Systems-Oriented Approaches in Biology: System Biologist’s Narratives of Present, Past, and Future

  • Martin DöringEmail author
  • Anne Brüninghaus
  • Regine Kollek
  • Imme Petersen


Systems biology has been framed as a newly emerging paradigm in biology conceived to overcome the theoretical and methodological shortcomings of previous approaches such as molecular biology. Framed as an approach, its history has to date rarely been addressed which means the historical analysis of its theoretical roots and ancestors still remain in the dark. This chapter aims at partly filling this gap by analyzing the imagined presents, pasts, and futures of systems biology as seen through the systems biologist’s eyes. For this to be done, a narrative analysis is applied to written sources and expert interviews conducted with system biologists in Germany. The analysis reveals considerably different pictures of imagined present, pasts and futures between the written and interview data. It becomes apparent that despite current attempts to establish a common definition of systems biology considerable differences of what it represents exist. More important, however, is the fact that an ahistoric perspective prevails among many system biologists interviewed. Albeit historical references to so-called predecessors appear now and then, we discuss the danger of a prevailing ahistoric narrative in systems biology. A solution to this problem is a still missing conceptual historiography of systems biology that holds the potential to provide clarification of definitional fuzziness and the relevance of a historically grounded understanding of its conceptual importance in current biology. Only the knowledge about imagined presents, pasts and futures can help us better understand the present condition of systems biology and contribute to substantiating its conceptual deficits.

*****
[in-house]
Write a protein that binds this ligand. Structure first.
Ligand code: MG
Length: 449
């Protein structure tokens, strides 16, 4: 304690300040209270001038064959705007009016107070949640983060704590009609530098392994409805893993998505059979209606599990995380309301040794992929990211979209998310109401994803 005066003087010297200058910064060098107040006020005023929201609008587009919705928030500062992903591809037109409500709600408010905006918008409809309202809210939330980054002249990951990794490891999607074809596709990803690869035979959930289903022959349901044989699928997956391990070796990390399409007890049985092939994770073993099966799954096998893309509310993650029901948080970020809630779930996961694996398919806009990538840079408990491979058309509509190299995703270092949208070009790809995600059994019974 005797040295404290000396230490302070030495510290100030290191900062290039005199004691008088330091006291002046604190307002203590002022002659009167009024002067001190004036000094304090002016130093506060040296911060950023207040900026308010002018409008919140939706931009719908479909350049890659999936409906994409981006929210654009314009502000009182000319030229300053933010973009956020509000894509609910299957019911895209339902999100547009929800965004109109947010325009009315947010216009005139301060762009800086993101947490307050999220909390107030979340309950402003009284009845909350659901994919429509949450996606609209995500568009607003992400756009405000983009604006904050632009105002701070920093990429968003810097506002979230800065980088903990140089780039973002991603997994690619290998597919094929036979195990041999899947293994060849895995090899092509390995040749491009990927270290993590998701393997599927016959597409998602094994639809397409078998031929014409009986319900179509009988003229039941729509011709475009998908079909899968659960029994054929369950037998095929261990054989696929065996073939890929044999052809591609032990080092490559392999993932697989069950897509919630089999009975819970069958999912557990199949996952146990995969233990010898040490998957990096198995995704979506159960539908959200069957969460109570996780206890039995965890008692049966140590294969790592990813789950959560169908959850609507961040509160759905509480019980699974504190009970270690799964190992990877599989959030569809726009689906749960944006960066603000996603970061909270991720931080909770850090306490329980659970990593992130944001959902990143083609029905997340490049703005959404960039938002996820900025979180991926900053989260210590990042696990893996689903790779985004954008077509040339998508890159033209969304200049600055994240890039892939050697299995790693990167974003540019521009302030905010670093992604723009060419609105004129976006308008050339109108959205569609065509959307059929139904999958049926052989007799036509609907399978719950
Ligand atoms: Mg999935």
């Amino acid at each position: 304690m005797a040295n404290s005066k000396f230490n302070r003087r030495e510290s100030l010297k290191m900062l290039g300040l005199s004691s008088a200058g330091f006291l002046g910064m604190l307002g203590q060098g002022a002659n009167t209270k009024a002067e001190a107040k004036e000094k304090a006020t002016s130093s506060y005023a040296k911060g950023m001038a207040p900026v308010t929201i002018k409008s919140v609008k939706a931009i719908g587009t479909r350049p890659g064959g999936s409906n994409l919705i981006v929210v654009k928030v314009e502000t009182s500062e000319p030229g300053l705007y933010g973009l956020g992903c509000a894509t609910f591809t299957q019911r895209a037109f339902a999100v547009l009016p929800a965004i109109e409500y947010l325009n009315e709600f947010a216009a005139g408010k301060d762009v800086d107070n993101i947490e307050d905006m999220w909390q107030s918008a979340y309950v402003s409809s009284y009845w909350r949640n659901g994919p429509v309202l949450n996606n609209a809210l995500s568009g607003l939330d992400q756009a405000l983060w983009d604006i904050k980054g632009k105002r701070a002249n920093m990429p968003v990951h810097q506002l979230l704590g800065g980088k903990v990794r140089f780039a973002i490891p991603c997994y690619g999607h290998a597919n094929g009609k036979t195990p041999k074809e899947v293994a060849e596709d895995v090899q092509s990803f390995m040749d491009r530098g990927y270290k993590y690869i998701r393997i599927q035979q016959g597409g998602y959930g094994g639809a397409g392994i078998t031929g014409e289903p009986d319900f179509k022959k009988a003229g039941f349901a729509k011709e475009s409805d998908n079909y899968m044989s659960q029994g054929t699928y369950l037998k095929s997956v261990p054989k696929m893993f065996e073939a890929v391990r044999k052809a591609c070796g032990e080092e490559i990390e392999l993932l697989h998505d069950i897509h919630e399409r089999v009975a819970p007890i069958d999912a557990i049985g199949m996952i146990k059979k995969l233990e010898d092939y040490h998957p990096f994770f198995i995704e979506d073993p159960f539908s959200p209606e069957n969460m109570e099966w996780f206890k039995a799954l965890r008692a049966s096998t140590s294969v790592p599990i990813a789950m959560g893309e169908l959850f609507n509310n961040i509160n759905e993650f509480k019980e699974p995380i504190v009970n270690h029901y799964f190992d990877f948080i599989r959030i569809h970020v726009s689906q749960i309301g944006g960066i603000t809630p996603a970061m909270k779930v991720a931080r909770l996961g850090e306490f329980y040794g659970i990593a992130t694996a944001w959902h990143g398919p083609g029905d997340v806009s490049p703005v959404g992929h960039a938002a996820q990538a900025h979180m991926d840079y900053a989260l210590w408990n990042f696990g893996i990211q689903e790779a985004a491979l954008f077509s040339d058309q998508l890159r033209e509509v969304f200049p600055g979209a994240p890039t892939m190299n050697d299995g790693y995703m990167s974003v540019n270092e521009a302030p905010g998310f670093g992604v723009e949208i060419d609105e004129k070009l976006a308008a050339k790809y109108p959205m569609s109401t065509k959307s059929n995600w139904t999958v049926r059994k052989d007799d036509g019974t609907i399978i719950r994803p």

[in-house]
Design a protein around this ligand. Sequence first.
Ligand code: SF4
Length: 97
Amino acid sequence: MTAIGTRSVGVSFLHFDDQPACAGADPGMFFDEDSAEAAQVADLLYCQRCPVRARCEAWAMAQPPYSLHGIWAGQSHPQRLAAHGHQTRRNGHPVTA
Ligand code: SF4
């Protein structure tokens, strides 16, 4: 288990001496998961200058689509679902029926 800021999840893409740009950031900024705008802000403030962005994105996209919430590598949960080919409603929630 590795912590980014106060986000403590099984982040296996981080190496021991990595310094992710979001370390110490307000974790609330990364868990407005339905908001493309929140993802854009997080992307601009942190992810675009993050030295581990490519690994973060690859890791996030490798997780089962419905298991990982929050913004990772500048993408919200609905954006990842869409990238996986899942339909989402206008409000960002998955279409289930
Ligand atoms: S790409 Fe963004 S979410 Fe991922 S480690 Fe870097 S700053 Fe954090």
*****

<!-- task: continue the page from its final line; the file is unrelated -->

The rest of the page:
History of systems biology Narratives Oral history Sociology of the future 


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Copyright information

© Springer International Publishing Switzerland 2015

Authors and Affiliations

  • Martin Döring
    • 1
    Email author
  • Anne Brüninghaus
    • 1
  • Regine Kollek
    • 1
  • Imme Petersen
    • 1
  1. 1.Research Centre for Biotechnology, Society and Environment (FSP BIOGUM)University of HamburgHamburgGermany

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